The Chief Rabbinate of Israel is reviewing the validity of conversions performed in recent years by Rabbi Barry Freundel, the Orthodox American rabbi charged with secretly filming women in his synagogue’s ritual bath, Haaretz has learned.
“We are appalled by the accusations against Rabbi Barry Freundel and wish to stress that the acts attributed to him are atrocious and strictly against Jewish law,” Ziv Maor, the spokesman of the Chief Rabbinate, said in response to a question from Haaretz.
“We offer our deepest sympathy to any victims. The Chief Rabbinate of Israel is drafting a policy regarding conversions performed by Rabbi Freundel that will attempt to strike a balance between what is permitted according to Jewish law, on the one hand, and the rights and welfare of the converts, on the other.”
Freundel, the rabbi of Kesher Israel, a prominent Modern Orthodox congregation in Georgetown, was charged last week with six counts of voyeurism. According to complaints filed against him, the 62-year-old rabbi, who has pleaded not guilty, had been secretly recording female converts showering and immersing themselves in the synagogue’s mikveh since 2012.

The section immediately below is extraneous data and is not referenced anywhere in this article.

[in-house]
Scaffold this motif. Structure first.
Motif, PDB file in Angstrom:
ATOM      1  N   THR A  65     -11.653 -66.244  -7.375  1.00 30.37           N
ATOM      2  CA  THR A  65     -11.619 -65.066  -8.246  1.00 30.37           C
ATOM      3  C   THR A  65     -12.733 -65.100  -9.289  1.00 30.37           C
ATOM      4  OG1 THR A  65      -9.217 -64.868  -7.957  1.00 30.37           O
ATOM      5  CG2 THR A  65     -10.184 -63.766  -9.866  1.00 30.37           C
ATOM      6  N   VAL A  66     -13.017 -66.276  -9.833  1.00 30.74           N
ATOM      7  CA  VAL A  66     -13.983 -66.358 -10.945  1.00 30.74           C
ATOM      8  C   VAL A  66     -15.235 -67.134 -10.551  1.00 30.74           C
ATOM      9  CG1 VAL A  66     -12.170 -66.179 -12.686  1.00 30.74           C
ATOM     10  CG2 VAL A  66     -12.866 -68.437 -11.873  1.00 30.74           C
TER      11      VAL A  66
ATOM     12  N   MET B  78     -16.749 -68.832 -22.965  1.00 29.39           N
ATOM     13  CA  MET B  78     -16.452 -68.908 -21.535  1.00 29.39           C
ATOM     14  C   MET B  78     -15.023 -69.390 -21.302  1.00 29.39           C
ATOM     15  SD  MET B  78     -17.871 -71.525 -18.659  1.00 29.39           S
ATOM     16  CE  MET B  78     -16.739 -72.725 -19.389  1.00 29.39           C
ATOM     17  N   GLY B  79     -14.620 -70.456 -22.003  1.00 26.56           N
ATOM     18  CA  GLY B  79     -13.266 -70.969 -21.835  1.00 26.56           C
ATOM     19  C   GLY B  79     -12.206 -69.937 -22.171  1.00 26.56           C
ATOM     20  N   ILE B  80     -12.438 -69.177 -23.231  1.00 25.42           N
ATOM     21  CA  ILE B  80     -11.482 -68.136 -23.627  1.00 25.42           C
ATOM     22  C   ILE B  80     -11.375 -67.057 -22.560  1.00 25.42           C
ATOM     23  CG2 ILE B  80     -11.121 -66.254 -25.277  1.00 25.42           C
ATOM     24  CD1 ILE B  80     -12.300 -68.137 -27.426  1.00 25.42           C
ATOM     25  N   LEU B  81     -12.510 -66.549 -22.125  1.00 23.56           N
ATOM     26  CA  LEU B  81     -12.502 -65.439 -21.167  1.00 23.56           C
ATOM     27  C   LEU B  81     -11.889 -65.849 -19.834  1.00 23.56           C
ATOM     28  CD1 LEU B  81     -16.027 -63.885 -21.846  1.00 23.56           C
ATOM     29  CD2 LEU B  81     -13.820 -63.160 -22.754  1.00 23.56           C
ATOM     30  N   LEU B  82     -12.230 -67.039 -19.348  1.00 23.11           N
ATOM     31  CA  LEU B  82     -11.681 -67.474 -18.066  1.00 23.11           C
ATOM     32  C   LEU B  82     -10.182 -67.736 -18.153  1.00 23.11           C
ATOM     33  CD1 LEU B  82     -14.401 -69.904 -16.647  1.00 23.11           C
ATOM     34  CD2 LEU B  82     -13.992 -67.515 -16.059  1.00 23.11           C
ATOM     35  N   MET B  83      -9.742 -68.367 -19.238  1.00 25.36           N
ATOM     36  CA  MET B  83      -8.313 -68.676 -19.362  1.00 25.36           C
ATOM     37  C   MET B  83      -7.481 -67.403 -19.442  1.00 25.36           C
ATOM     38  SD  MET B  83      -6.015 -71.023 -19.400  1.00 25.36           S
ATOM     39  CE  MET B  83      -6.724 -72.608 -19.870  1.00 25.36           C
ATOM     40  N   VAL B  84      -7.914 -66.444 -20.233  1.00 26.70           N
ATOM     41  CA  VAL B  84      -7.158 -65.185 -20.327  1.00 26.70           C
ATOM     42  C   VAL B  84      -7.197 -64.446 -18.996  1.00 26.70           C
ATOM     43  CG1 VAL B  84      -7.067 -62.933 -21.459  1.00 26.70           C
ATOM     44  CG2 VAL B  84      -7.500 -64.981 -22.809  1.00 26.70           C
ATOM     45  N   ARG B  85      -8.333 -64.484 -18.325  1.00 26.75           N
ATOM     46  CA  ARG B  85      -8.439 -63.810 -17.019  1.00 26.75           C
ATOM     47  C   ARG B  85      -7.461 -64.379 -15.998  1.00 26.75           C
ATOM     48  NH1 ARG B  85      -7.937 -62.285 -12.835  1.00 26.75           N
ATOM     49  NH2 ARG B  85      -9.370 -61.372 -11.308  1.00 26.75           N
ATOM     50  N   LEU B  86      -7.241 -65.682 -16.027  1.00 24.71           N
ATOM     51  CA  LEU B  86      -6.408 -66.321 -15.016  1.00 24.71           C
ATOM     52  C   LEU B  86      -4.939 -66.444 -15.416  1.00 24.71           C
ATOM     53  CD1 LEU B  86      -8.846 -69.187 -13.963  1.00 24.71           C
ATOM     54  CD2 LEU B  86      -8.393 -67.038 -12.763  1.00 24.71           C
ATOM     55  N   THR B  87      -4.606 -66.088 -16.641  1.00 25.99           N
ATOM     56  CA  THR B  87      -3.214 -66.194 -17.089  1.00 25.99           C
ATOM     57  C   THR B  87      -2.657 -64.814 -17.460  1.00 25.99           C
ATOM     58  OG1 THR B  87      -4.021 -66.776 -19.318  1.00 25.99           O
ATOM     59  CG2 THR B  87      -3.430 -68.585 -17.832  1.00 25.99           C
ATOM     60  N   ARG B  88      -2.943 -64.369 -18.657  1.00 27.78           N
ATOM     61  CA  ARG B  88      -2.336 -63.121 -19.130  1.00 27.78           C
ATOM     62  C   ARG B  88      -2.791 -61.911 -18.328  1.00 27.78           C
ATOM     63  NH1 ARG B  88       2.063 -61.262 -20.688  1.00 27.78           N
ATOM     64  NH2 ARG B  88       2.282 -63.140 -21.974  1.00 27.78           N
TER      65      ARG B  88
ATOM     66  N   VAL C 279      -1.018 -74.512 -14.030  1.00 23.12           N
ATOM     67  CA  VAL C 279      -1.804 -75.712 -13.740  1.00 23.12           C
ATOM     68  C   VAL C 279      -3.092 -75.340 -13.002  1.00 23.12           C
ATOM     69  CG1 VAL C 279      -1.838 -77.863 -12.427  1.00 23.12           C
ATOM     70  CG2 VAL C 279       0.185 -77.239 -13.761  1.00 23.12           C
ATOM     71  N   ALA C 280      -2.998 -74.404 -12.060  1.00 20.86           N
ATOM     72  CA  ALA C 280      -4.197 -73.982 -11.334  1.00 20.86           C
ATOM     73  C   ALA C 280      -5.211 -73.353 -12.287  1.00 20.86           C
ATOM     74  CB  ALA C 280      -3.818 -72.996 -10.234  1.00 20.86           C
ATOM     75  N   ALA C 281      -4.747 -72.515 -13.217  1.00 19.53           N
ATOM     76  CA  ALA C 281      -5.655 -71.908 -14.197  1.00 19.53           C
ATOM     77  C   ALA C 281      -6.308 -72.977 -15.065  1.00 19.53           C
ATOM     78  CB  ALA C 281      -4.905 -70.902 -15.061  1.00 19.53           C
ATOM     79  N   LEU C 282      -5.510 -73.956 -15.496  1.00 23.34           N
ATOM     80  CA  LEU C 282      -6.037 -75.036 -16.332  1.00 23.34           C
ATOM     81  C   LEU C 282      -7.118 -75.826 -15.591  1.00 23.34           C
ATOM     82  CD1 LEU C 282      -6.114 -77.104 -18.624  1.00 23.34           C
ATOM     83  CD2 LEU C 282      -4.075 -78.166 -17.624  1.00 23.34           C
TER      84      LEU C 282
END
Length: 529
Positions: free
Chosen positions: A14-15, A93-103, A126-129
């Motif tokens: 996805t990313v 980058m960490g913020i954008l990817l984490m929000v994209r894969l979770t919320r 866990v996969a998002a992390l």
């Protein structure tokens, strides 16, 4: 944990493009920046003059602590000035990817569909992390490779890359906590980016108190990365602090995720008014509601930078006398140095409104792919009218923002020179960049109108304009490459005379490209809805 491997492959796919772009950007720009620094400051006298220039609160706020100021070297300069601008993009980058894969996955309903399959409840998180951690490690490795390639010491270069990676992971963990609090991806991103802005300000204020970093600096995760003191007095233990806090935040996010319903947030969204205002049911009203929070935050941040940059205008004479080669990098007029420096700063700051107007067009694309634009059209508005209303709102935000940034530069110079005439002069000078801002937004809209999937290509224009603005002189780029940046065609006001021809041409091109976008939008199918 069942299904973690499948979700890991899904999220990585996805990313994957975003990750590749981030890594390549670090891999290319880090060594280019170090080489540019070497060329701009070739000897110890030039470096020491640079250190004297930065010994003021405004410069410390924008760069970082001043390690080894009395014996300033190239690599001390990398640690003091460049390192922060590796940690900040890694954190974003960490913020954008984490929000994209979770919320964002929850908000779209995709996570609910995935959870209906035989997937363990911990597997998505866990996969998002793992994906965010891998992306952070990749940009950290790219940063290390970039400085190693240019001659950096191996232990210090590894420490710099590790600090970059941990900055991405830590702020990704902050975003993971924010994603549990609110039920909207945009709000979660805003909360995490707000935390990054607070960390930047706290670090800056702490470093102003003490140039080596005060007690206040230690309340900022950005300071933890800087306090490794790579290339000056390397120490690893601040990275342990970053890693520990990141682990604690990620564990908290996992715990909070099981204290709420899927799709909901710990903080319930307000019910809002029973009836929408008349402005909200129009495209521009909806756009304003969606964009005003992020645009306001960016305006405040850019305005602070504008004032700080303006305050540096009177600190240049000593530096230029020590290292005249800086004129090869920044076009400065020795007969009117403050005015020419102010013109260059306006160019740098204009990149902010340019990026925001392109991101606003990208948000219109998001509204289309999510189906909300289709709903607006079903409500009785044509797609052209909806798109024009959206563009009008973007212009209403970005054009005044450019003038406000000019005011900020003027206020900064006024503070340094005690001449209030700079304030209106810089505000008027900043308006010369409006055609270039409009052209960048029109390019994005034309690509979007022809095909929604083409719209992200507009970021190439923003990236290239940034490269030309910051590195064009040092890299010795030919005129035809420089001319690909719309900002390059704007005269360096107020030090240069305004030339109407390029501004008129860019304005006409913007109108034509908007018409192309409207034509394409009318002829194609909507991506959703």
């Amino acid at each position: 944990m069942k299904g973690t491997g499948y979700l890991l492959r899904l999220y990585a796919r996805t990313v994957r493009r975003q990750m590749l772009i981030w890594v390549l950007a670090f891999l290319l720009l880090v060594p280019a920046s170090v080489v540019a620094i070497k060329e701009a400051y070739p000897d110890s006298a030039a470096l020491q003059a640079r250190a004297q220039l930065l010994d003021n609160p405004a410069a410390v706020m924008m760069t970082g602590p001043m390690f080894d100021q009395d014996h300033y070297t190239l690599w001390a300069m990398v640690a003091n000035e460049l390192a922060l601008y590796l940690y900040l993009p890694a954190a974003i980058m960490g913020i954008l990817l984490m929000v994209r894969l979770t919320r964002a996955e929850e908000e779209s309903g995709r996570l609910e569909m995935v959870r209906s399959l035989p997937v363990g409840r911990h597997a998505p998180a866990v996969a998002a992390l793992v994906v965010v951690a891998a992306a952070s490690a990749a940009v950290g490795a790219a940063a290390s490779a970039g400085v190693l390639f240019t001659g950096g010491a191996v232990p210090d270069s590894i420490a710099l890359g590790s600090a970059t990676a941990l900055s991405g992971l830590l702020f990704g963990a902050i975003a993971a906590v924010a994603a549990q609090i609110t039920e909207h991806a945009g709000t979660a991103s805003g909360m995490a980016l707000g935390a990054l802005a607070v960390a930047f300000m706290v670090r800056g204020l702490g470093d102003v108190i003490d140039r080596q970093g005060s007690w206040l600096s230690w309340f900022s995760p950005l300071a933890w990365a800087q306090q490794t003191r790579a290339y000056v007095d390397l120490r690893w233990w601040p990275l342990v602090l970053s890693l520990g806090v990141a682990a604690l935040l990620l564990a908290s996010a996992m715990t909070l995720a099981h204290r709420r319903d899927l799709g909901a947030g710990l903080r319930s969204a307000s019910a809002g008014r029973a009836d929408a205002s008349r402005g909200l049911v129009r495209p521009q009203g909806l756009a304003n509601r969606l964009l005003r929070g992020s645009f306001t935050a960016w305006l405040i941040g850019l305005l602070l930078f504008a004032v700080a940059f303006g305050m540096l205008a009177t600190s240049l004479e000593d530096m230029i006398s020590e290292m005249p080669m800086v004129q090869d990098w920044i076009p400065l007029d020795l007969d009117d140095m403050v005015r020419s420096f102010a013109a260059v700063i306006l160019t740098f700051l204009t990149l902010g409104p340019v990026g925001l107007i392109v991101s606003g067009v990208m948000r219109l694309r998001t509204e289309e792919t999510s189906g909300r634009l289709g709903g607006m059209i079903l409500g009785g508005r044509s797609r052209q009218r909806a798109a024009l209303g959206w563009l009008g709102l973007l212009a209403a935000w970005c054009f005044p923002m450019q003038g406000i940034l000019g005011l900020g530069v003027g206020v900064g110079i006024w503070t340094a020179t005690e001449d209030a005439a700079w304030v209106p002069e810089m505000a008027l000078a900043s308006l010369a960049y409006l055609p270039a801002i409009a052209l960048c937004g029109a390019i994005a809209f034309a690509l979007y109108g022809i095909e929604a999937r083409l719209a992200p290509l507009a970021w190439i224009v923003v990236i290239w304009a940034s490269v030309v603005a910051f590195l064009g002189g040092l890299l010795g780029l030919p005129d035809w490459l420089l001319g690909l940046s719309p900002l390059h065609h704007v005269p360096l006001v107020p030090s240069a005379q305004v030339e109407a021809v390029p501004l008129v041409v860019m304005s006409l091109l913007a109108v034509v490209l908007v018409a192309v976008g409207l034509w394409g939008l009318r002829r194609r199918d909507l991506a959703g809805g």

Today, the Rabbinical Council of America (RCA), an umbrella organization for the Modern Orthodox movement in the United States, announced that all conversions ever performed by Freundel were valid.
“Today the RCA is able to announce that the Beth Din of America - under the leadership of Rabbi Gedalia Dov Schwartz - has concluded as a matter of Jewish law that conversions performed by Rabbi Freundel prior to his arrest on October 14, 2014 remain halakhically valid and prior converts remain Jewish in all respects,” it said in a statement. “This ruling follows a review of the charges contained in the court documents that have been released to date (including the criminal complaint, search and arrest warrants, and accompanying affidavits) and applicable Jewish law with respect to the status of prior conversions.”
Freundel headed the Washington D.C.-area rabbinical court, and it is estimated that in that capacity he oversaw dozens of conversions since 2012. At least four women he converted have moved to Israel in the past year to marry.
Should the Chief Rabbinate reach the conclusion that conversions performed by Freundel are no longer valid, sources said, the matter would be addressed with the rabbinical court responsible for the Washington D.C. area where the ousted rabbi served. Only those conversions performed during the period when Freundel allegedly had hidden cameras installed in the shower stalls near the synagogue’s mikveh, or ritual bath, would be reviewed, they added, noting that the validity of those performed before was not in question.